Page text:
The Juice Media's August 22, 2022 satirical video "Honest Government Ad | UK" (please be aware there's racy language; it's Australian satire) includes a presumably real clip of current UK Prime Minister Liz Truss saying the following:

We're producing more varieties of cheese than the French!

After which she paused and smiled for effect, presumably to let the point sink in.

But without context we can't know what the point was. The only clue is the writing on the podium which says:

Securing a Better Future

So I'd like to ask, based on context from her speech once it can be identified and perhaps a transcript found:

Question: What was (future UK Prime Minister / then Secretary of State for Environment, Food, & Rural Affairs) Liz Truss's point when saying "We're producing more varieties of cheese than the French!" in a speech before becoming PM?

  • 7
    The answer is almost certainly that France is known for paying particular attention to the quality and variety of its cheese and wine products (so the statements is probably meant to indicate that the British food industry is experiencing a period of development and innovation). But is this question really about governments? I haven't come across Truss' statement. Can you, please, add more context to show that this is related to governing.
    – wrod
    Oct 15, 2022 at 0:58
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    The question is slightly misleading as it was Liz Truss making the statement and, although she is now the UK Prime Minister, when she made the statement she was not the UK Prime Minister but instead was Secretary of State for Environment, Food, & Rural Affairs so it is a historic quote from a previous role.
    – MT0
    Oct 15, 2022 at 10:35
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    @MT0 The function that "UK Prime Minister" is meant to serve in the title is to identify the person; While folks like BJ and DT have amassed widespread name recognition worldwide over their tenures as world leaders, the name Liz Truss has not necessarily reached a critical level of name recognition worldwide yet. Can you think of an alternative way to do this just as effectively that you wouldn't perceive as "slightly misleading"?
    – uhoh
    Oct 15, 2022 at 11:07
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    Any chance of this comment of Truss having to do with the famous quote of de Gaulle "How can anyone govern a country with 246 varieties of cheese?"
    – Gábor
    Oct 15, 2022 at 21:42
  • 1
    @Gábor a similar comment from Johnson, maybe, but with Truss, I can only suggest you look at what she said about "pork markets" to get a flavour of her oratorical skills and the research behind her speeches.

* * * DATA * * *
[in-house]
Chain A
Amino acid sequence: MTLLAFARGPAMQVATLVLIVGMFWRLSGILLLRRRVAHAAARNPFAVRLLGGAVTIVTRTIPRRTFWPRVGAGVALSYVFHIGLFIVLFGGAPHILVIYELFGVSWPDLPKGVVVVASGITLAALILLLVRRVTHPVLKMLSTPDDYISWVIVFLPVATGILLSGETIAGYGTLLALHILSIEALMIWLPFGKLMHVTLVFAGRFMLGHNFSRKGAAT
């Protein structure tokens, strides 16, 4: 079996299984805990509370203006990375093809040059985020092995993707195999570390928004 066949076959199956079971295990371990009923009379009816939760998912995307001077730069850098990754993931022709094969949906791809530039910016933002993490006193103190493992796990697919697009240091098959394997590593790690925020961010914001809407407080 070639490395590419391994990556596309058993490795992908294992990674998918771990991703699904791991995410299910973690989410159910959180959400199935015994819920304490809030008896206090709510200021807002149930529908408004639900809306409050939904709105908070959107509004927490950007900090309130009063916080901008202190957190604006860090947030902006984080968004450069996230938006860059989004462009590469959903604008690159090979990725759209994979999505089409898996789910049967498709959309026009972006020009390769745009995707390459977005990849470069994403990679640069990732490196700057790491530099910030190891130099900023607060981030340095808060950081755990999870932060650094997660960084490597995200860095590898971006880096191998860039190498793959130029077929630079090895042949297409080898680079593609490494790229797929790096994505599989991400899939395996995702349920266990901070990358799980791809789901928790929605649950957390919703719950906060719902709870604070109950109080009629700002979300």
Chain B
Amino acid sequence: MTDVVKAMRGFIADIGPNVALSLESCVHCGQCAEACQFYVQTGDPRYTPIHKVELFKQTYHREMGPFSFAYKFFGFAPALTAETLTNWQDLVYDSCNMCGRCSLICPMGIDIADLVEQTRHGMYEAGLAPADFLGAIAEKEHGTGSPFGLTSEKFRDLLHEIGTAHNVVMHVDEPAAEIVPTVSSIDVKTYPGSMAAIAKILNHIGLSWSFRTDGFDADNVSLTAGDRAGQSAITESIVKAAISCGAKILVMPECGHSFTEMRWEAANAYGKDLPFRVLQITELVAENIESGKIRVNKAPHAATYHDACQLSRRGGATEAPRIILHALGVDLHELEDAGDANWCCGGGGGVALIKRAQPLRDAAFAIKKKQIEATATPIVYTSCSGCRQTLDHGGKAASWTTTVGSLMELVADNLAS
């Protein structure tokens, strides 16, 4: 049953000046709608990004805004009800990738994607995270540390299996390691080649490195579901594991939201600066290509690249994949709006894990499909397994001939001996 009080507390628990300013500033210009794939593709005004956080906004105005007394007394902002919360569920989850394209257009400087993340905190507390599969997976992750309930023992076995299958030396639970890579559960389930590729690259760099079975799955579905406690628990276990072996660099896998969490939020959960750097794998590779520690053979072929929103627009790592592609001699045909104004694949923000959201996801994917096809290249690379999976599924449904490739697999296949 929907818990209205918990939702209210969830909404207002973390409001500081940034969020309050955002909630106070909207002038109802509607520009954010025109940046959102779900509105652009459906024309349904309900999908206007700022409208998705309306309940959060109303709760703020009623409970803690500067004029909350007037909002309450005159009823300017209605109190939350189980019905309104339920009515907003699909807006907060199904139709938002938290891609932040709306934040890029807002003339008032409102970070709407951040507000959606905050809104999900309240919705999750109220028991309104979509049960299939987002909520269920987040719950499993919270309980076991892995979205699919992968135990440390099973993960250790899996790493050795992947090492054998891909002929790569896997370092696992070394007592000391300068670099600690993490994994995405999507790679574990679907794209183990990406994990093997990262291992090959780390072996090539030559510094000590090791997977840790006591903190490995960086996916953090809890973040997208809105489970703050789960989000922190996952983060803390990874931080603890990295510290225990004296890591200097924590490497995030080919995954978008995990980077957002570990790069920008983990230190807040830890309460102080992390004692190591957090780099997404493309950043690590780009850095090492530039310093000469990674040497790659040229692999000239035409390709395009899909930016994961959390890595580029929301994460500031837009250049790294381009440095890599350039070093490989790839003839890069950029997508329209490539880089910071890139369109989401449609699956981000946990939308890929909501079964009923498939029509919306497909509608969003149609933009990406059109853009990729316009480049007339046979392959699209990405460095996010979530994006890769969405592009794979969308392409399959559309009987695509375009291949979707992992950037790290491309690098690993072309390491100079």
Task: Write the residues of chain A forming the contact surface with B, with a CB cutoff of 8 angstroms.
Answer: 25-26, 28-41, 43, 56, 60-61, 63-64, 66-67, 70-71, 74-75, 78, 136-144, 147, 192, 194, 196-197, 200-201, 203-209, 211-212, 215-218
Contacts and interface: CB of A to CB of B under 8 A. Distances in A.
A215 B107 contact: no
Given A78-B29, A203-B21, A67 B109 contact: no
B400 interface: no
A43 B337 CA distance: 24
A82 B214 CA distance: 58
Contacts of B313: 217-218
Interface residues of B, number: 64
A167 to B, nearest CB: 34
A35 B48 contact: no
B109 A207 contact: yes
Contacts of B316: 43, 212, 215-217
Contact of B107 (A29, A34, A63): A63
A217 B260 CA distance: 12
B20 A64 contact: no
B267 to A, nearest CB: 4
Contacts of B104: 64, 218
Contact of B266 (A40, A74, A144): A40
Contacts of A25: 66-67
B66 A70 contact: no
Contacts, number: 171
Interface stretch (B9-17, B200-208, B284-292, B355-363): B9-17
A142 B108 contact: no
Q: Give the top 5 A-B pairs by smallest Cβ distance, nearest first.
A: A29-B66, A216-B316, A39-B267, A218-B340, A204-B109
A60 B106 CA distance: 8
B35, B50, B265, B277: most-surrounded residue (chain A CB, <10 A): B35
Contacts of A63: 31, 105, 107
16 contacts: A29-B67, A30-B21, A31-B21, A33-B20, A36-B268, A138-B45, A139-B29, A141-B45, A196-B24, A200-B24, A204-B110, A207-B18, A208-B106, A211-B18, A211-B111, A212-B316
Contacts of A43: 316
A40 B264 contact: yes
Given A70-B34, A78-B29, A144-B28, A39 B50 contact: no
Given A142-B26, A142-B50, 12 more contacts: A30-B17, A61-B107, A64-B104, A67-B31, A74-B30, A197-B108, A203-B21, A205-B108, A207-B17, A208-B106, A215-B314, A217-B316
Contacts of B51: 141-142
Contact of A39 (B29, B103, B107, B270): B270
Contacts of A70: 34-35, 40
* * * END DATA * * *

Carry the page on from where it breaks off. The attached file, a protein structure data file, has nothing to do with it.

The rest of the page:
– Chris H
    Oct 17, 2022 at 8:34

3 Answers 3


While the British jingoism angle covered in other answers is definitely an important one, I think it’s worth considering the context in which the speech was delivered to get the full picture.

The speech was delivered by Truss at the Conservative Party conference in 2014 - when she was serving as Secretary of State for Environment, Food, & Rural Affairs in David Cameron’s coalition government. This needs to be seen, then, in the context of appealing to the Conservative Party membership in the hope of their continued support, as well as a pitch to the country as a whole - given a General Election was right around the corner.

In the same speech, she attacks both Labour and the EU - note that this speech took place two years before the Brexit referendum;

The amount of British food we consumed and produced went down and the last Labour government tied our farmers up in red tape. They wasted £600 million on fines to the EU and left us with the worst bovine TB problem in Europe.

The fact is Labour don’t care about the countryside. They think we can’t grow enough of our own food. They think it’s fine to outsource it. Well, they are wrong.

She goes on to promote British agriculture and food production;

I want our children to grow up knowing the taste of a British apple, of Cornish sardines, of Herefordshire pears, of Norfolk turkey, of Melton Mowbray pork pies and, of course, of black pudding.

Under a Conservative government, Britain will lead the world in food, farming and the environment. In a fortnight, I’m going to Paris to the world’s largest food trade fair and I will be bigging up British products.